There he came face-to-face with the rigidity of the British class structure that denied his friends the opportunities he took for granted. “Most of them were really smart guys, but most of them had a sense of fatalism, like ‘I am going to work in my dad’s shop,’ ” he says. “I was the only one of my group of friends who could aspire to do whatever I wanted, and part of that was because I was American.”
When he moved back to the United States at age 15, that feeling of being one lucky guy only deepened. His decision to become a Marine officer came with a characteristic mix of confidence and humility—having as much to do with looking out for working-class kids as for himself. “You look at guys in the military, and these were the same guys I skateboarded with,” he says. “Why shouldn’t those guys who are running the greatest risk be led by the guy who has been given every opportunity life has to offer?”
Unable then to do a single pullup, Ackerman worked out every day for a year to qualify for the Naval Academy. He got in, but decided to follow his first love, history, and enroll at Tufts University, which he says “gave me a broader view and exposed me to things I would never have been exposed to.” At the Fletcher School at Tufts, he wrote his master’s thesis on the use of indigenous troops by the British, a prophetic choice given the U.S. reliance on native troops in Iraq.
Because Tufts lacked its own ROTC program, Ackerman commuted to MIT for training, in the course of which he impressed his commanding officers with his combination of dedication and soft-spoken humility. “His level of talent and ability are off the charts,” says Major Phil Zeman, one of Ackerman’s former Naval ROTC instructors and a current Marine Corps fellow at Fletcher. “He is one of those people who inspire the confidence of seniors and subordinates.”
The summer before his final year at Tufts, Ackerman attended the Marine Corps’s demanding Amphibious Reconnaissance School, which meant 12- and 14-hour days in the field transmitting complex radio codes on one or two hours’ sleep. After graduation, he moved on to basic training at Quantico, in Virginia, where he was put through a tough physical regimen, all the while soaking up the Corps’s prime directive: leave no man behind. He graduated first in his class of 220.
With all that training, Ackerman was under no illusions about the difficulty of the impending fight in Fallujah. Urban combat is messy under the most favorable circumstances. “The worst policy is to attack cities. Attack cities only when there is no alternative,” Sun Tzu advised in the sixth-century BC treatise The Art of War. Outside of isolated examples from World War II and Vietnam, the U.S. military had little experience with such warfare. The last time they had tried it was the disastrous raid in Somalia depicted in the book and film Black Hawk Down. As Ackerman’s Marines trained in house-to-house fighting, they repeatedly kicked in the front doors of buildings to find “insurgents” waiting inside with machine guns. Each time it was the same story—huge body counts on the attackers’ side.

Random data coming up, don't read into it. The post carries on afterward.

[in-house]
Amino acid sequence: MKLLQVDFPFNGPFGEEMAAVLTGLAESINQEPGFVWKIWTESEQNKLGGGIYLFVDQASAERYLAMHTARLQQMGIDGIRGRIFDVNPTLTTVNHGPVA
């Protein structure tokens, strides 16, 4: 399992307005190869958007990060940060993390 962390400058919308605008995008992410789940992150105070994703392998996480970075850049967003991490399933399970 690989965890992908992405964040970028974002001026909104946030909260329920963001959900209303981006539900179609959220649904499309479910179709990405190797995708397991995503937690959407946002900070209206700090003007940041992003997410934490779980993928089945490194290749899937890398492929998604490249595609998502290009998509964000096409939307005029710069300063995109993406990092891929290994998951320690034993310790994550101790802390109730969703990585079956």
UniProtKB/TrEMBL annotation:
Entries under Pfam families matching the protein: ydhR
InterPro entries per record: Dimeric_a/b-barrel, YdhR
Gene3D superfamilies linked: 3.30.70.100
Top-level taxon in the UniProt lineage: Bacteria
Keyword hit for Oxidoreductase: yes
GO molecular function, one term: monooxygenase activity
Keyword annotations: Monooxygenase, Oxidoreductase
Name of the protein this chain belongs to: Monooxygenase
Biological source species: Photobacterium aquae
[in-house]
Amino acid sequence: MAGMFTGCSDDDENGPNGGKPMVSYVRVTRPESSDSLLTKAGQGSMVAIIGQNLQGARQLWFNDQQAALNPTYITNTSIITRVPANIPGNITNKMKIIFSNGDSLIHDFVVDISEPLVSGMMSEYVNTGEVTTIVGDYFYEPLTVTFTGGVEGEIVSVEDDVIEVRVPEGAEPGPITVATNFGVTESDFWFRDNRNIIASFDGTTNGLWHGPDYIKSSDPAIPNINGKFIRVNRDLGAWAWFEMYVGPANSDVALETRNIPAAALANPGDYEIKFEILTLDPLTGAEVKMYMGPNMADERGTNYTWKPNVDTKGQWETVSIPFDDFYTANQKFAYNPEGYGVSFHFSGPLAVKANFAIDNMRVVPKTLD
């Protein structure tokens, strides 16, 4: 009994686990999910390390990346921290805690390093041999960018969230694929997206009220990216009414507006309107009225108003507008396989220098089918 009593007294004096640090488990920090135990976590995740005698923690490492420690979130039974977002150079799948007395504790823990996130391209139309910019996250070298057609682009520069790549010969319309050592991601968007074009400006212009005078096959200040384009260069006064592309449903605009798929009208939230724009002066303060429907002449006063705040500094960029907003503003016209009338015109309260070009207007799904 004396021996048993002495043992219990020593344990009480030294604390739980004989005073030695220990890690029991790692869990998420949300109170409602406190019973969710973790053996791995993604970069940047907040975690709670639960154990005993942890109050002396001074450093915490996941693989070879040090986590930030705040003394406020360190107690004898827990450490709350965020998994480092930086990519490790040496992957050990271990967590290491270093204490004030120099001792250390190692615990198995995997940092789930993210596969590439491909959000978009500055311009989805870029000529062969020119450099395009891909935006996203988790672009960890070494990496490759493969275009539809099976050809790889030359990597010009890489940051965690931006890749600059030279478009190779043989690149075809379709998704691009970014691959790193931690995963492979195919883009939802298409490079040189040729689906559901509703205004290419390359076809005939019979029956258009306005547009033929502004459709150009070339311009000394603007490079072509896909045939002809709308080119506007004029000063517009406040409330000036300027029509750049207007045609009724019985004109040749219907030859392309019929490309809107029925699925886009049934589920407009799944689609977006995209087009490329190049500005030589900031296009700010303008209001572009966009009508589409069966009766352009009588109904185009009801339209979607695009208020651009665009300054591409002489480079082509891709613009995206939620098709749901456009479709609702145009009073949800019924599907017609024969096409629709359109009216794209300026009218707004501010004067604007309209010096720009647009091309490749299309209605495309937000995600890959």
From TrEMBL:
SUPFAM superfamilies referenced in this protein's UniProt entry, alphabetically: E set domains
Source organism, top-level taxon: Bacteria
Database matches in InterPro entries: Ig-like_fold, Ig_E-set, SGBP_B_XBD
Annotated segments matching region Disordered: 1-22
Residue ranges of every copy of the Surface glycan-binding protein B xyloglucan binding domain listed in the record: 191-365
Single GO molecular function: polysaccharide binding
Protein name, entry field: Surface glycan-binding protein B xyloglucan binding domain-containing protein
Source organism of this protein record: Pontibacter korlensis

Ackerman’s battalion, 1/8, arrived in the palm-fringed Euphrates River valley outside Fallujah in June, setting up camp in one of Saddam Hussein’s old military airfields, Al Asad. As summer turned to fall, hundreds of thousands of Iraqi civilians were ordered to evacuate the city. A D-Day atmosphere pervaded the camp. Finally, word came down that the assault would commence in early November.
The battalion left Al Asad for Camp Fallujah, closer to the city, at the end of October. According to the attack plan, three battalions would drive into the city from the north, squeezing insurgents southward as they advanced. The 1/8 would be smack in the middle of the assault. Two of its three companies, Bravo and Charlie companies, would fight to open up an axis of advance on November 8 and 9. Then they would fall back and let Alpha Company lead the assault into the center of the city’s government complex, where the fiercest resistance was expected. Ackerman was the leader of the first platoon of Alpha Company.
In the early morning hours of November 10, the tanks and assault vehicles of Alpha Company stood, engines idling, in the arid fields on the north side of the city. Sitting in the commander’s hatch atop his hulking AAVC-7A1 assault amphibious vehicle, Ackerman felt a creeping dread, a plague of doubts about whether he’d trained enough—or could train enough—to lead all his men to safety. In just a few hours, 46 men would be counting on him to make the right decisions to keep them alive. He ran through their names—Banotai, Menard, Latva, Castelli—and privately wondered how many of them would make it through the battle.
At precisely 4 a.m., a voice crackled over the radio with orders for his platoon, cutting his thoughts short for the next five days: “All Avenger stations, this is Avenger 6. We are Oscar Mike”—Marine lingo for “on the move.”